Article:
I'm not clear where the difference lies between dismissing Adès or Stockhausen, Tavener or - who? Mendelssohn/Brahms/Tchaikovsky, perhaps.
I think it's a good rule never to be put off listening to music you haven't heard by the negative report of any other listener, as their taste in music is rarely likely to coincide exactly with your own.
I quite agree that such an article in the Guardian is a "good thing" and that it will dispel myths among some audiences who haven't even heard enough of it to 'dislike it'. The term 'classical music' is frequently disputed (I'm rather surprised that TS used it - if he did (can't be bothered to check whether he did use it or whether it was a sub's addition) ). But the painting comparison hardly holds as we don't speak of 'classical painting' in that way anyway. The term would surely refer, for example, to works by Poussin, Le Brun and similar schools, not to Delacroix or the Impressionists.
You say: "There isn't much that's "contemporary" about Adès,", but, in music, at least, I find it difficult to understand what critics would intend by the term if it doesn't include the works of a range of living composers, of whom Adès would be one but Tavener might not.
If one thinks of music of the past, it was always "contemporary", insofar as one can "age" works by, say, Purcell, Mozart, Mendelssohn, Wagner, Ravel, Schoenberg or Stockhausen, and even those composers contemporary with them who composed in different styles, because each of these particular figures added something to the received idioms, respectively speaking, even at the same time as incorporating trusted principles of construction from the past.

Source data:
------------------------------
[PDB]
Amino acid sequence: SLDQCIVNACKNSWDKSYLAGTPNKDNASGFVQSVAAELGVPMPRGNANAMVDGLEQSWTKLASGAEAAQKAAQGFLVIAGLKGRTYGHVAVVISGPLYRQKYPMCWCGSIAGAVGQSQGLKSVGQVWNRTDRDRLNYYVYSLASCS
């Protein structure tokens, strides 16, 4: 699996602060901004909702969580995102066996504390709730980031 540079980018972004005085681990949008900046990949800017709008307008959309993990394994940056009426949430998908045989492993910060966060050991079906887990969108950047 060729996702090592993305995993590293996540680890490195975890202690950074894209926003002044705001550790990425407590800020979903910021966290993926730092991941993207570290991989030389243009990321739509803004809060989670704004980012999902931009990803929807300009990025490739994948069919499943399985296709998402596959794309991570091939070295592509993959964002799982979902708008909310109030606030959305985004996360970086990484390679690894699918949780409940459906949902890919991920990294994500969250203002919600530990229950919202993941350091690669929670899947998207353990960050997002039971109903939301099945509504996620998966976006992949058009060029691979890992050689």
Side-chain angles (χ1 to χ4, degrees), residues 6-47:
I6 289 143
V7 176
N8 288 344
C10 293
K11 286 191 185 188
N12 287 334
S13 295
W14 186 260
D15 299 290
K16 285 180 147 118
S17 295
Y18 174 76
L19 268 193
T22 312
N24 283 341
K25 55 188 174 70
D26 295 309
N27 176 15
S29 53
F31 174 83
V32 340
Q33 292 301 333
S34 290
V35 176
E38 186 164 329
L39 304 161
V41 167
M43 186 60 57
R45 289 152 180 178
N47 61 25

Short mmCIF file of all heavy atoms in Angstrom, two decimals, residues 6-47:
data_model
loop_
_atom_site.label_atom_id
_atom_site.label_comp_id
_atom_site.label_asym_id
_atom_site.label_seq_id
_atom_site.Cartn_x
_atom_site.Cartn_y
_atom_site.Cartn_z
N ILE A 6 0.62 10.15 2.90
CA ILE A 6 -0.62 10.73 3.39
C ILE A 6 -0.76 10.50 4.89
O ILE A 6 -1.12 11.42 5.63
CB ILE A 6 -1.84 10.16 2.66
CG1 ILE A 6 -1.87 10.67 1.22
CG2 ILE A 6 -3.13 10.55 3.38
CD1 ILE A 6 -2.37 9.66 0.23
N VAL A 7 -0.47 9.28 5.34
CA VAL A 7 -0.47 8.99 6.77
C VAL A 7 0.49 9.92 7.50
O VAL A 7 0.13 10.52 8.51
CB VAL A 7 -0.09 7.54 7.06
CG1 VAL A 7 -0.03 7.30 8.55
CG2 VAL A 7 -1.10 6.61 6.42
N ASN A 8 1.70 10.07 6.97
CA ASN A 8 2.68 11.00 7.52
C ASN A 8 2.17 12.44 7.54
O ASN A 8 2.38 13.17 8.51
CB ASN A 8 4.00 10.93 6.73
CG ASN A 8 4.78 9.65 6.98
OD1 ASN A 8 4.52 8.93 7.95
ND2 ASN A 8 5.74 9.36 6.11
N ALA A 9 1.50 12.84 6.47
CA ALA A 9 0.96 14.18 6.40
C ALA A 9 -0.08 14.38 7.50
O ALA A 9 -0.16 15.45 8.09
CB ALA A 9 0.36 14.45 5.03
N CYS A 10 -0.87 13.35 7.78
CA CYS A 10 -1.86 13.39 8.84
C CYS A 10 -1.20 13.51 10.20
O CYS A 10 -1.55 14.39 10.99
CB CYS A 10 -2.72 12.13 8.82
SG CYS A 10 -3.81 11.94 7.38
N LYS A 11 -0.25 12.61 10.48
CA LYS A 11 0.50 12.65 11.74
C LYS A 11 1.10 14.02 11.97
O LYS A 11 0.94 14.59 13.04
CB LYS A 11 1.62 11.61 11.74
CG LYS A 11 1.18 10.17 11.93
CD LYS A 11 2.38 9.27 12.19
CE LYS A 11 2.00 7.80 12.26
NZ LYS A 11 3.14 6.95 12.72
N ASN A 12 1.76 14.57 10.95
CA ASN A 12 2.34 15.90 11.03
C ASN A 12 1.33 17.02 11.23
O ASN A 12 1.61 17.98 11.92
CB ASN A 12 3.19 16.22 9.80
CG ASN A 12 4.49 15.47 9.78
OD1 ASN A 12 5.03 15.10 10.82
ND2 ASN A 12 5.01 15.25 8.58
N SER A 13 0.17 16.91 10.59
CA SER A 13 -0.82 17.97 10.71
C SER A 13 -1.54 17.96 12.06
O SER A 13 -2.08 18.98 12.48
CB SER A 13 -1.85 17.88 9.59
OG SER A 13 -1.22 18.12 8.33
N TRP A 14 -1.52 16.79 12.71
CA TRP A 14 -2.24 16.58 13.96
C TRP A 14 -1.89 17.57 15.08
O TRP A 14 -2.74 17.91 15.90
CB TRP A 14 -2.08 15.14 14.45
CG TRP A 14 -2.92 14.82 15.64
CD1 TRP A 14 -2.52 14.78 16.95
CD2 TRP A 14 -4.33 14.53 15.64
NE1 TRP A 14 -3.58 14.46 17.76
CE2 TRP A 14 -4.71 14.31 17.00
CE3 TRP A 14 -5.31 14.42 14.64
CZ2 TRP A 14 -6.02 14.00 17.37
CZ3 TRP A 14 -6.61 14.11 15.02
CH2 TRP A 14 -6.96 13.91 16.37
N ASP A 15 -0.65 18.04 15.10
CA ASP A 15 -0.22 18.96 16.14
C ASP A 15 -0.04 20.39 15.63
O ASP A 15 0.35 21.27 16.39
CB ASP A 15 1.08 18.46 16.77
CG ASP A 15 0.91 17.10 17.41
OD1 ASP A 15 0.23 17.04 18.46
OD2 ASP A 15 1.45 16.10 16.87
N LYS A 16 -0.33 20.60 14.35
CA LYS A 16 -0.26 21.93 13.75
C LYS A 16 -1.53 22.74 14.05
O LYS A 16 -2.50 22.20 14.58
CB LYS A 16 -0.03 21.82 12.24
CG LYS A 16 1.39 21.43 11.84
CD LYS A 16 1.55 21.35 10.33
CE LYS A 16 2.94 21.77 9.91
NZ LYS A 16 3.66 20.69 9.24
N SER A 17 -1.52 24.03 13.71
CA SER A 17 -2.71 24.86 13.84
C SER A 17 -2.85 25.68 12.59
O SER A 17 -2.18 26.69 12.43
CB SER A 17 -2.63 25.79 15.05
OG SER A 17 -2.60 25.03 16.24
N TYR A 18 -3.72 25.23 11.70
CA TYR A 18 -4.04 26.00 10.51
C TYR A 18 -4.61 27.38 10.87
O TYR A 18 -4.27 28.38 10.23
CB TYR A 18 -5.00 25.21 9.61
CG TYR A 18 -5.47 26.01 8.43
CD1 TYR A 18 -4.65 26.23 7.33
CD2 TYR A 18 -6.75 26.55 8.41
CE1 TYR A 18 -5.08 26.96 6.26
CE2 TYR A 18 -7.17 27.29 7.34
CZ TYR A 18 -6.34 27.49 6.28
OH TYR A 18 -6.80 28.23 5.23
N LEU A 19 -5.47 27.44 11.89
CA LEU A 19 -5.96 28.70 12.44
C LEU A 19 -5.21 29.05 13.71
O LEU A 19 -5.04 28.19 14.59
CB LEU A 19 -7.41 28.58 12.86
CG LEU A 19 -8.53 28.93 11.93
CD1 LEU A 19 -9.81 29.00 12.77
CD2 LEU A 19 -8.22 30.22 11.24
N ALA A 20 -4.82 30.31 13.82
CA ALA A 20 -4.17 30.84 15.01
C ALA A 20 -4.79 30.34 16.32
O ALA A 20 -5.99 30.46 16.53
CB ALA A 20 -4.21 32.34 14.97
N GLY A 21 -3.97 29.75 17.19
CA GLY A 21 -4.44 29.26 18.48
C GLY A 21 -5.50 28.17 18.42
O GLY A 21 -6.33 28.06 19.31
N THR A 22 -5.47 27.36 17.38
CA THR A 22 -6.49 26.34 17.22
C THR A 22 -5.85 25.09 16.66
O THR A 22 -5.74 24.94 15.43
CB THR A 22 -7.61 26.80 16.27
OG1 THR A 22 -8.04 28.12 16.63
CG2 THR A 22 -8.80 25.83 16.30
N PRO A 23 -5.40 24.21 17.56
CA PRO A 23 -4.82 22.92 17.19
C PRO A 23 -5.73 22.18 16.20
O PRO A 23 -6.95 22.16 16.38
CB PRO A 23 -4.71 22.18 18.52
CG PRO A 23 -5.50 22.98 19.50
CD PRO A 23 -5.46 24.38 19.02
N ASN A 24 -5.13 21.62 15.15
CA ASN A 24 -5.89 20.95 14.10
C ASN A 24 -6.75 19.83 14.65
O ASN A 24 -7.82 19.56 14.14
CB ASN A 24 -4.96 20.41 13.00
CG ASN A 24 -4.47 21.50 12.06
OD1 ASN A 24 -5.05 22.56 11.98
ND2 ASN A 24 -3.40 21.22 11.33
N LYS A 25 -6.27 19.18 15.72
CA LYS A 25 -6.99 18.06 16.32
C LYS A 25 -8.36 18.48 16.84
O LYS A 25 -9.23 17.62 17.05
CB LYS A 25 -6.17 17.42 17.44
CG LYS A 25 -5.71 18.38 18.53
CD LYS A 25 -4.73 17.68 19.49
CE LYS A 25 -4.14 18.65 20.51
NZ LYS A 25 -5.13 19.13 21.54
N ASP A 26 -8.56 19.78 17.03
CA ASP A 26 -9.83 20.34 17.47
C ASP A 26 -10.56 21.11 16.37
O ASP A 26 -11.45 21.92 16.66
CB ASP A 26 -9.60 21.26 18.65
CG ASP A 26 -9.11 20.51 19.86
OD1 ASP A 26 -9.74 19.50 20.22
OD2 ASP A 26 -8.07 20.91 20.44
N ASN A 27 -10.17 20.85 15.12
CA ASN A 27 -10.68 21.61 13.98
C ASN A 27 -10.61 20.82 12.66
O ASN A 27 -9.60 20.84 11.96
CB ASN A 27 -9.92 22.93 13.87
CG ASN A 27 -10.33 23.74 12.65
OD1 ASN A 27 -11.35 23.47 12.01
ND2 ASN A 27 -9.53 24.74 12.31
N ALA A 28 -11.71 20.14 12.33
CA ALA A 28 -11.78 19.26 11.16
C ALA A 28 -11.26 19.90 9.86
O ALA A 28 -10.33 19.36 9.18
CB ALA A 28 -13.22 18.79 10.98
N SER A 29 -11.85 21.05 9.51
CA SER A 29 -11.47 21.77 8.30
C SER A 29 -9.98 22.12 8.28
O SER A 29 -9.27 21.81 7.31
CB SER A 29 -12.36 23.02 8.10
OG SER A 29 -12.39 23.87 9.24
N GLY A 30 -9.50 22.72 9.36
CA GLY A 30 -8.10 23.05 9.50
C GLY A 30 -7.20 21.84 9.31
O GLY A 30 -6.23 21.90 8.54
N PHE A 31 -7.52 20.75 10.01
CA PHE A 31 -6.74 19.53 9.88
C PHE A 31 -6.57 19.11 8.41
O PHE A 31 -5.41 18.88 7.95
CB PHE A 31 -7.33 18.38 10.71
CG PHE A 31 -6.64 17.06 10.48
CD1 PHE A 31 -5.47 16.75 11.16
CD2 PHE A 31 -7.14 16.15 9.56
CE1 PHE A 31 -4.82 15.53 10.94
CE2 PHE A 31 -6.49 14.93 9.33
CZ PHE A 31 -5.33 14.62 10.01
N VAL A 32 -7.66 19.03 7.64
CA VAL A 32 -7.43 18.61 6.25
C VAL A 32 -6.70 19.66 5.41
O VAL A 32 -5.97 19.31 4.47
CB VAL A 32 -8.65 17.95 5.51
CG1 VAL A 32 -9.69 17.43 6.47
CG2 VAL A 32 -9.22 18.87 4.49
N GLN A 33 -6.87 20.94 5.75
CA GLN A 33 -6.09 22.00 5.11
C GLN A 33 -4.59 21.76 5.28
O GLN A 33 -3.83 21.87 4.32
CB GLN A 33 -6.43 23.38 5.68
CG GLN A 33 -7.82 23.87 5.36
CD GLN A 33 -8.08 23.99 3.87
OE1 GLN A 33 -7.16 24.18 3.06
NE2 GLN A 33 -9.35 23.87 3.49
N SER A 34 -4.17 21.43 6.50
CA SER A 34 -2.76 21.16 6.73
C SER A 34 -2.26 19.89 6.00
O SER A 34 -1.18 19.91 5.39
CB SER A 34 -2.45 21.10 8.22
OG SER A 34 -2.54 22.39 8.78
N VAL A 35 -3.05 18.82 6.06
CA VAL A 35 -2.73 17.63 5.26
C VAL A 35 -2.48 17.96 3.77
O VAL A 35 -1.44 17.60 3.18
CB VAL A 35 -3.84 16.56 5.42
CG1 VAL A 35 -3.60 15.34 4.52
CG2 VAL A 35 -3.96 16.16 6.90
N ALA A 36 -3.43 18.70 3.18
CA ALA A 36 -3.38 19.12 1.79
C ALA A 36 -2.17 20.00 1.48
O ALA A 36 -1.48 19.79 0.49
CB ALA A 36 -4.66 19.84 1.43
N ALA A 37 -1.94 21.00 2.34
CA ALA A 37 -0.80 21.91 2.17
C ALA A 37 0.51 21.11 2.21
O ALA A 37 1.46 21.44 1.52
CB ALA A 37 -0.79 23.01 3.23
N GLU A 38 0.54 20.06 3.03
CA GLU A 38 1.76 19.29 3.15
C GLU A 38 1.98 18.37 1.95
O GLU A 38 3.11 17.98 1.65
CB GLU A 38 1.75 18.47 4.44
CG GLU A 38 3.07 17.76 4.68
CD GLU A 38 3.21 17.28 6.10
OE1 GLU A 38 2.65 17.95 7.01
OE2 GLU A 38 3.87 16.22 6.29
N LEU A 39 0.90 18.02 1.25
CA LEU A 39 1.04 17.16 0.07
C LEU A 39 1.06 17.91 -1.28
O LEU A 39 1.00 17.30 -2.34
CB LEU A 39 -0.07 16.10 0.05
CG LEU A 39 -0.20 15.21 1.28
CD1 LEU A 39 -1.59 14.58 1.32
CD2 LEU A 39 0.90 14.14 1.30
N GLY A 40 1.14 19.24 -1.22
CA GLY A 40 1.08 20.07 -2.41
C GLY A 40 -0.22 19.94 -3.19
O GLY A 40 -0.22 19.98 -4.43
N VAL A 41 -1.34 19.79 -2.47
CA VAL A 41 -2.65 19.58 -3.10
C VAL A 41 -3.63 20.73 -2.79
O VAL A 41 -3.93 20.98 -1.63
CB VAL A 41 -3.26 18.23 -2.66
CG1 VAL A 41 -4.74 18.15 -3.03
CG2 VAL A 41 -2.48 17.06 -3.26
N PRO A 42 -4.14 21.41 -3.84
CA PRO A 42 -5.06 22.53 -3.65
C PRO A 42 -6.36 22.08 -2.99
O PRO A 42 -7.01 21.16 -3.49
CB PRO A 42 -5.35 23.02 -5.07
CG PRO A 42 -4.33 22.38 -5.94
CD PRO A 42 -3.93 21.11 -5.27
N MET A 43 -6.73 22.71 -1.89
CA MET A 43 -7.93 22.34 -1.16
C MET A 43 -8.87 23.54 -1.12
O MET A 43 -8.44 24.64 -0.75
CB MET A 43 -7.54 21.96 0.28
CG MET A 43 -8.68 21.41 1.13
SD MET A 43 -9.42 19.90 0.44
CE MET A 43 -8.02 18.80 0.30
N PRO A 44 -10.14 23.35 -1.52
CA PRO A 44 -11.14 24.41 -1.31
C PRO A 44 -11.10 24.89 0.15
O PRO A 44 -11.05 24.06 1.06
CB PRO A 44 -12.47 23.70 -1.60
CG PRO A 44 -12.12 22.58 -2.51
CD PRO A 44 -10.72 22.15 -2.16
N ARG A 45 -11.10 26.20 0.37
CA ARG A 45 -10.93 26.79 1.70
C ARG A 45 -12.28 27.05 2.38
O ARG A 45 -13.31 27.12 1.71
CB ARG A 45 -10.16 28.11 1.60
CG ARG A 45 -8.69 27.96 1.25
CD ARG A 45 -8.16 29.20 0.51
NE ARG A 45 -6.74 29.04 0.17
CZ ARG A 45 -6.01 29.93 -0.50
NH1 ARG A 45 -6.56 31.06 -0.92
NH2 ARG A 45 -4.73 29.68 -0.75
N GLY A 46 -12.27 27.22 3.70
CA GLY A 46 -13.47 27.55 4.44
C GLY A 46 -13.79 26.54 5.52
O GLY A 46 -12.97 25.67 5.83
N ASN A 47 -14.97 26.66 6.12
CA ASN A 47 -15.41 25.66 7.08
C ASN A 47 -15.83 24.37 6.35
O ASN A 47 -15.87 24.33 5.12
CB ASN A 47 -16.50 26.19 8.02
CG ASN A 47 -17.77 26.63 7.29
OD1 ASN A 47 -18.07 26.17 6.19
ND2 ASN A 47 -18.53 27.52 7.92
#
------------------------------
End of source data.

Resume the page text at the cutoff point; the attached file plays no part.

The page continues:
The fact that, since the demise of atonality as a defnining characteristic of 20th century modernism, the revealing of this "dependence on the past" now seems to loom so large in "contemporary classical music", sometimes under the rubric of "postmodernism", with commentators prone to statements to the effect of art being, in a manner of speaking, perpetually condemned to recycle principles deemed intrinsic to itself, speaks to me of a lapse in confidence in a hopeful future - one in which humankind is eternally condemned to repeat the mistakes of the past and never learn vital lesons of history.
I remain to be persuaded to the contrary. Any offers welcomed!
I don't really understand why it seems to be expected of every composer that s/he contributes something new and original to musical composition, I mean apart from what is distinctive in terms of his own personality. There are of course ground-breaking composers such as those you have mentioned but for each of those there are many more that are not and that has surely always been the case - those composers providing the background idiom for Mozart for instance. One of the unfortunate consequences of concentrating only on the ground-breaking composers is that a large number of very fine composers have been extensively neglected (as Suffolkcoastal's researches show). Surely it is possible for a composer to contribute meaningfully by providing music that is recognisably his or hers and not anyone else's, without necessarily providing revolutionary advances?If one thinks of music of the past, it was always "contemporary", insofar as one can "age" works by, say, Purcell, Mozart, Mendelssohn, Wagner, Ravel, Schoenberg or Stockhausen, and even those composers contemporary with them who composed in different styles, because each of these particular figures added something to the received idioms, respectively speaking, even at the same time as incorporating trusted principles of construction from the past.